Leading Blue Dog: Covering uninsured not top priority of health reform

Rep. Mike Ross (D-Ark.) said on Wednesday that providing healthcare to uninsured Americans is "not what this healthcare reform debate is about."

In making his comments, Ross, who is the centrist Blue Dogs' health reform point man, questioned one of the primary healthcare goals of the White House and Democratic leaders.

"That is a side benefit to healthcare reform and an important one," Ross told the Arkansas Educational Television Network. Instead, the fifth-term congressman said the bill should focus on "cost containment."

The Energy and Commerce Committee member reiterated that he wants to pass a health reform bill by the end of this year, a desire that may irk some Republicans who supported his effort to slow the bill before August recess.

"The extreme right had a two-week love affair with me," Ross said. "The extreme right, simply, they do not want healthcare reform. And so, they saw me as killing healthcare reform because I put the brakes on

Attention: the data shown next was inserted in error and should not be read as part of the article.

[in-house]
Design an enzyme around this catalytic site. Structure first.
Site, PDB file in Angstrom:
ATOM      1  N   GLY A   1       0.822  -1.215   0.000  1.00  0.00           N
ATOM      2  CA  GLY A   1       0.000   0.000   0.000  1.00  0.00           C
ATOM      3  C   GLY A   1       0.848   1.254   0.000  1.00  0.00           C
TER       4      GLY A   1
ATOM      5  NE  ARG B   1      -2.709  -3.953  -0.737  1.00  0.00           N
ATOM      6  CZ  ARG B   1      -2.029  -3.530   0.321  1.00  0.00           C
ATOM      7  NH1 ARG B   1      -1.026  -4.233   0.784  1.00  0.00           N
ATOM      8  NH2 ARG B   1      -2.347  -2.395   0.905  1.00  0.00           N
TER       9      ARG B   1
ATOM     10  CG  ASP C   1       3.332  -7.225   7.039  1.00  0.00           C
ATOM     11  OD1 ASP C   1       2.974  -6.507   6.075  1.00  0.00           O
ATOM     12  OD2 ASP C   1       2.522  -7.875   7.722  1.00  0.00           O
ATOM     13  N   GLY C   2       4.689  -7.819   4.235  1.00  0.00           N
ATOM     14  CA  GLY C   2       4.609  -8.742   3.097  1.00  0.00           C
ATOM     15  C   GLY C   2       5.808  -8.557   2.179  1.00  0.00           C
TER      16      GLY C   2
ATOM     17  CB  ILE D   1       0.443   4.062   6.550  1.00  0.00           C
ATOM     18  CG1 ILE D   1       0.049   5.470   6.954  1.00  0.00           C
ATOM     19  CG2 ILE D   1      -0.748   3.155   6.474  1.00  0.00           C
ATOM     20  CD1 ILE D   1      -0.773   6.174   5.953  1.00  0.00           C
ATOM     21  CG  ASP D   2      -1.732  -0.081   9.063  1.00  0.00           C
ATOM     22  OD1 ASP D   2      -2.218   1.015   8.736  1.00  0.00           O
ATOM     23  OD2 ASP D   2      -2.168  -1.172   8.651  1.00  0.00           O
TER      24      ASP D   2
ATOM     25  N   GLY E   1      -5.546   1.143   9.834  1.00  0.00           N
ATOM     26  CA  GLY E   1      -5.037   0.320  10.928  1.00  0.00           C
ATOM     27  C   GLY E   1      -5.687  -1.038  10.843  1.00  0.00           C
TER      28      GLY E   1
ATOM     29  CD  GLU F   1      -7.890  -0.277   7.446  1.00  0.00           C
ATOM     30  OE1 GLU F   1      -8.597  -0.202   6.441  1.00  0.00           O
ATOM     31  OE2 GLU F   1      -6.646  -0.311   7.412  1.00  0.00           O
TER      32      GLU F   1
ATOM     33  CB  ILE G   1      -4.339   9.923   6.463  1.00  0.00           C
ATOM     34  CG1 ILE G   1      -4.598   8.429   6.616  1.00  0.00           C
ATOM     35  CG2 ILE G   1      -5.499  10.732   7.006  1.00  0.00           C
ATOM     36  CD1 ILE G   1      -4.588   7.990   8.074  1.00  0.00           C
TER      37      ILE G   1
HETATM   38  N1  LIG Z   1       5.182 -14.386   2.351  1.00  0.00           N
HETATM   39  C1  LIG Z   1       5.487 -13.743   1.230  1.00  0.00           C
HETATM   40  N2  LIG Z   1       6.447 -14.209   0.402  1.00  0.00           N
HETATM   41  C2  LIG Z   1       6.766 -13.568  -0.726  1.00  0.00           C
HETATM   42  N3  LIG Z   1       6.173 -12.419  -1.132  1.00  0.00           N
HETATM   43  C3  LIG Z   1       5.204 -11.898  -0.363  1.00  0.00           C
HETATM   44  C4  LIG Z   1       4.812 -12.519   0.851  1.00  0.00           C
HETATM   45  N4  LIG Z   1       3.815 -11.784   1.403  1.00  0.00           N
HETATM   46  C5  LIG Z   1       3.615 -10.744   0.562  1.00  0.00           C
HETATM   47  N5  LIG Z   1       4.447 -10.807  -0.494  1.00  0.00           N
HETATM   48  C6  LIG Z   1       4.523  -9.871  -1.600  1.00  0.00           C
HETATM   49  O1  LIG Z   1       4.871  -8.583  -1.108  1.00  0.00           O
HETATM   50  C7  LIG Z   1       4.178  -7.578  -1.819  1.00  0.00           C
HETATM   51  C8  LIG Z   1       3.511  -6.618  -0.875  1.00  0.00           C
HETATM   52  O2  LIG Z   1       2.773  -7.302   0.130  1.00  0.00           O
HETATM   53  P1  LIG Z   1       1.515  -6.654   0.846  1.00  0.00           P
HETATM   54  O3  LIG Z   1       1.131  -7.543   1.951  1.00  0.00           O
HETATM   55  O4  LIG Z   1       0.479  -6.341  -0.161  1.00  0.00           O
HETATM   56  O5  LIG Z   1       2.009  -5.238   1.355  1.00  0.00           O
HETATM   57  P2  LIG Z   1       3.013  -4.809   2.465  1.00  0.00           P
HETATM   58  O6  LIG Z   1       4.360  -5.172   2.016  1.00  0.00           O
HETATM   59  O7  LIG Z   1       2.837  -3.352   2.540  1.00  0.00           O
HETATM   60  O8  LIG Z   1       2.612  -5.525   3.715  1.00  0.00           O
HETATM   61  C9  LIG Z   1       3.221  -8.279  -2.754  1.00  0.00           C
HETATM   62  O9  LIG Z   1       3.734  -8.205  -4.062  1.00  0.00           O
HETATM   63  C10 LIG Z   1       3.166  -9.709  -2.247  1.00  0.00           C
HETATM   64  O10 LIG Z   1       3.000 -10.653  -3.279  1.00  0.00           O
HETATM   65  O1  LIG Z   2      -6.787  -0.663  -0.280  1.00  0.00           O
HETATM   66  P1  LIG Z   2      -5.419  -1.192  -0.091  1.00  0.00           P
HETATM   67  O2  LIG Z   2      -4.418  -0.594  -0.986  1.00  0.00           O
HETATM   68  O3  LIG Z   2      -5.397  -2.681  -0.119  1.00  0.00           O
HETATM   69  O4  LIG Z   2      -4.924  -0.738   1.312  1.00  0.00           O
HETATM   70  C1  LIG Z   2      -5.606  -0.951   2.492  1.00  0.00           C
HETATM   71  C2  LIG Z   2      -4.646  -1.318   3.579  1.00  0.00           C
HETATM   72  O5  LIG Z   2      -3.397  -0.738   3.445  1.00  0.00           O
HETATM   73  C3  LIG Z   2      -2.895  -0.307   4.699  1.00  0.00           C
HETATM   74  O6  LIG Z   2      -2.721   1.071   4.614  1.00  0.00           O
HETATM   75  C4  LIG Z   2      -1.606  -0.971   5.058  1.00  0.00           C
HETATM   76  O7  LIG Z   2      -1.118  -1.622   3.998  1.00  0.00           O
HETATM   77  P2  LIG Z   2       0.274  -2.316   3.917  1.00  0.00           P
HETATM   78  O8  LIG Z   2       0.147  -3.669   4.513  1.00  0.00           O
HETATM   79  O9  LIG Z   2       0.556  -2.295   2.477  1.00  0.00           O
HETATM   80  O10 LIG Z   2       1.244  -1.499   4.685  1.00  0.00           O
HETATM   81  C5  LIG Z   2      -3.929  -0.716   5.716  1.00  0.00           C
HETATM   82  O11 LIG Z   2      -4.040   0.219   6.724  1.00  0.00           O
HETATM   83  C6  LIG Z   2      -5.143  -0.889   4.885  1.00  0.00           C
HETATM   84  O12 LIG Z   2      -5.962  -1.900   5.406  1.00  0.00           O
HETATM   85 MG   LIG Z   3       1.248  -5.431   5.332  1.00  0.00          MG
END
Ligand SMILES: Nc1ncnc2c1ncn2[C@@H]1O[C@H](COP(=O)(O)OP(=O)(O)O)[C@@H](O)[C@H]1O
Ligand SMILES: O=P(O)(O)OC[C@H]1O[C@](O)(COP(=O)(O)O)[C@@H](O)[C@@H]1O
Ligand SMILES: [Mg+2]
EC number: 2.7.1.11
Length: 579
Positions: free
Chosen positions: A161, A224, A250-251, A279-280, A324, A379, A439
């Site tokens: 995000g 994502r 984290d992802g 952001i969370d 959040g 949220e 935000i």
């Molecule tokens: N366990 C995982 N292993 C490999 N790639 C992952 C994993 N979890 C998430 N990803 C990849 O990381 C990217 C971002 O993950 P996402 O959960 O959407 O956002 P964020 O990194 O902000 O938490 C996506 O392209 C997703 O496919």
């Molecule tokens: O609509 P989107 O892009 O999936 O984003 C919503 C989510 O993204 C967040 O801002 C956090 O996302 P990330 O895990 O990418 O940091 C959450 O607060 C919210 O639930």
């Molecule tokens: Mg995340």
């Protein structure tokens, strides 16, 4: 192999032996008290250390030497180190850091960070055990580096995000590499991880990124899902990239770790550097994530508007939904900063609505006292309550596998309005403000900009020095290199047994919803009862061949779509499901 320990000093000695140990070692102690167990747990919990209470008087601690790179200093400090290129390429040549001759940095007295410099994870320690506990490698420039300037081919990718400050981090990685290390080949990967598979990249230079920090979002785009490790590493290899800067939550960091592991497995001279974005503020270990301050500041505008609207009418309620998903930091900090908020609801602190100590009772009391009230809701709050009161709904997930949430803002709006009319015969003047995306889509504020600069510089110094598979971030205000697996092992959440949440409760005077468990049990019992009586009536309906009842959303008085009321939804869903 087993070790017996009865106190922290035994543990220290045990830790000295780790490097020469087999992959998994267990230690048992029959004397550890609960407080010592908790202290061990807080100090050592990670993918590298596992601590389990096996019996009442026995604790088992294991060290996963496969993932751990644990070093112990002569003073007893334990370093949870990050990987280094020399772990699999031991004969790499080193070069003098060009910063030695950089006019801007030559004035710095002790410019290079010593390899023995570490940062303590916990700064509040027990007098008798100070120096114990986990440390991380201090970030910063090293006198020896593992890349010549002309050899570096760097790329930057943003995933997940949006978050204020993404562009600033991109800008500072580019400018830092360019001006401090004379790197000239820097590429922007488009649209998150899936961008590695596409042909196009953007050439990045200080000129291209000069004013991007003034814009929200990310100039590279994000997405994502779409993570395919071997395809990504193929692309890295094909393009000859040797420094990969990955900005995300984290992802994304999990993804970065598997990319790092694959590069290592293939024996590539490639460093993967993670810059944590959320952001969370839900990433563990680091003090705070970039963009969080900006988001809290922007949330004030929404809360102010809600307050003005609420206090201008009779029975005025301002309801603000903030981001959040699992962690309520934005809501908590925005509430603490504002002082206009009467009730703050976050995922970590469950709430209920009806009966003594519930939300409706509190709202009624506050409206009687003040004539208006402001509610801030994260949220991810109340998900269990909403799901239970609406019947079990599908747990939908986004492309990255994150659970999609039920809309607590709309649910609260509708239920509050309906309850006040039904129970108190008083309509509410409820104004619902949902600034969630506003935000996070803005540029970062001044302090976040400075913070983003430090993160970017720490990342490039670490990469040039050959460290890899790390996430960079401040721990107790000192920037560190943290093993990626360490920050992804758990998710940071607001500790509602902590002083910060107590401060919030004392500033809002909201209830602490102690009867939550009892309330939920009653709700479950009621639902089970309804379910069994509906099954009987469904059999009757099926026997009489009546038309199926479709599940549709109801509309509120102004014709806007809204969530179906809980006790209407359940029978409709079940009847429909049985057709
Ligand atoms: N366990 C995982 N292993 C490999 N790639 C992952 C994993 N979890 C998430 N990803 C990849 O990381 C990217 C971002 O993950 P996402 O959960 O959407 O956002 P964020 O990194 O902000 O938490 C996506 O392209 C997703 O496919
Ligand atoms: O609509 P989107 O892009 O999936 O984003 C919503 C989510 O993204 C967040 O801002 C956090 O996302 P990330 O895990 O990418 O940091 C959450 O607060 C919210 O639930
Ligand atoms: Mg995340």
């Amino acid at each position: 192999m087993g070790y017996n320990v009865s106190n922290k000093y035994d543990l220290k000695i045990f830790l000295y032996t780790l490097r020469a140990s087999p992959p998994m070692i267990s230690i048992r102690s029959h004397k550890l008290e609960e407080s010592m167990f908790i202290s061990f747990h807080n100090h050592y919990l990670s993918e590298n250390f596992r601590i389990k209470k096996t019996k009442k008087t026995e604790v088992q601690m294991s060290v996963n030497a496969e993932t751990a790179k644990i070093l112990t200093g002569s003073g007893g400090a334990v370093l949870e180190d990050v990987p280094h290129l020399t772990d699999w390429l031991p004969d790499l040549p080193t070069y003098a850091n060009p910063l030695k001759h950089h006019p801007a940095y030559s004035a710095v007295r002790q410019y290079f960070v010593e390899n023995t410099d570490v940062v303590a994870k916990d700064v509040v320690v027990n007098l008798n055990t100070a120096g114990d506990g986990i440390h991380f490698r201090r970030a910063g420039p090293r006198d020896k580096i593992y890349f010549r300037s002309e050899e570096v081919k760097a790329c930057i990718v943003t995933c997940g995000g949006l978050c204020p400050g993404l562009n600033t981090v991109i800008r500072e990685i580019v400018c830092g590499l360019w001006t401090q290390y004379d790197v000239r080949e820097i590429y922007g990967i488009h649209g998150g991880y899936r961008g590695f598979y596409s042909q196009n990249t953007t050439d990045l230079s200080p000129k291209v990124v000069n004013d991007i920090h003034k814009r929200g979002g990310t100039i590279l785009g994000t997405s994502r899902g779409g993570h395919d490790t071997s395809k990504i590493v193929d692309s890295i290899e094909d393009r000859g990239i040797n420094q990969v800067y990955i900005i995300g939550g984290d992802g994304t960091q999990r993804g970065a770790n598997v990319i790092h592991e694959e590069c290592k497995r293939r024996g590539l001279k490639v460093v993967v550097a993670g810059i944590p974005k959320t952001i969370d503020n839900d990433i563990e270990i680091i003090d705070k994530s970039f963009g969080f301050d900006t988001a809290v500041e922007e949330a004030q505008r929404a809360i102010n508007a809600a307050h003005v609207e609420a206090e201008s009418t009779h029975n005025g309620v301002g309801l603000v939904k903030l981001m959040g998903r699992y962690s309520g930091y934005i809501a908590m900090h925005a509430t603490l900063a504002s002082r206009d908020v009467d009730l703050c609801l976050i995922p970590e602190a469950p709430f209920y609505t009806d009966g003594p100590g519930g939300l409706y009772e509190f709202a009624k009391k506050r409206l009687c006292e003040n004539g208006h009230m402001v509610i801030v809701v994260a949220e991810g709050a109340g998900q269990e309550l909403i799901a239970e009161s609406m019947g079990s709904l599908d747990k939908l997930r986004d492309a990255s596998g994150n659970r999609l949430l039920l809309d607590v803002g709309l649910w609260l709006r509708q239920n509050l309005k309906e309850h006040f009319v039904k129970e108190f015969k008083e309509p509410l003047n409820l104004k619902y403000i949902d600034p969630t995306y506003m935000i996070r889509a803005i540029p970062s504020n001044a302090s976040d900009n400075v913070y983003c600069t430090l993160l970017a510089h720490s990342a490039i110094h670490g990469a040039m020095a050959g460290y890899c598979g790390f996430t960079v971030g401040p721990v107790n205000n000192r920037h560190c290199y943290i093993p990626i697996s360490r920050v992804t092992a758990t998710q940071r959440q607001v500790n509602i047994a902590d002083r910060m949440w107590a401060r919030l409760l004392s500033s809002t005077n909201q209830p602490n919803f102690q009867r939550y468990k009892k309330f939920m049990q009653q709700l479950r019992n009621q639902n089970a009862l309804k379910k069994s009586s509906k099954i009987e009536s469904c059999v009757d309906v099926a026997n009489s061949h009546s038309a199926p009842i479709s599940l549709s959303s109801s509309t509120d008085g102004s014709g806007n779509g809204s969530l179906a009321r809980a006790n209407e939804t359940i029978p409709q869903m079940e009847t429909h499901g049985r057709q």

healthcare reform."

The influential fifth-term Democrat identified several provisions that would prevent him from voting for the bill.

On the public option, Ross said he would not vote for a plan that would "force government-run healthcare on anyone. Period." But he also said that the House bill contained a public plan that is "strictly...an option."

Providing government subsides for abortions, coverage for illegal immigrants, rationing of care, and deficit increases comprised Ross' deal-breakers.

"I've got the extreme right and the extreme left angry with me so I must be doing something right," he said.

Ross said the bill should reduce costs by allowing the Medicare to negotiate prices with drug companies and by dropping co-pays for preventitive doctors' visits.

In the end, Ross acknowledged that the House version may not make up the bulk of the final bill. He estimated that 90 percent of the conference committee bill would come from the Senate Finance Committee's version.


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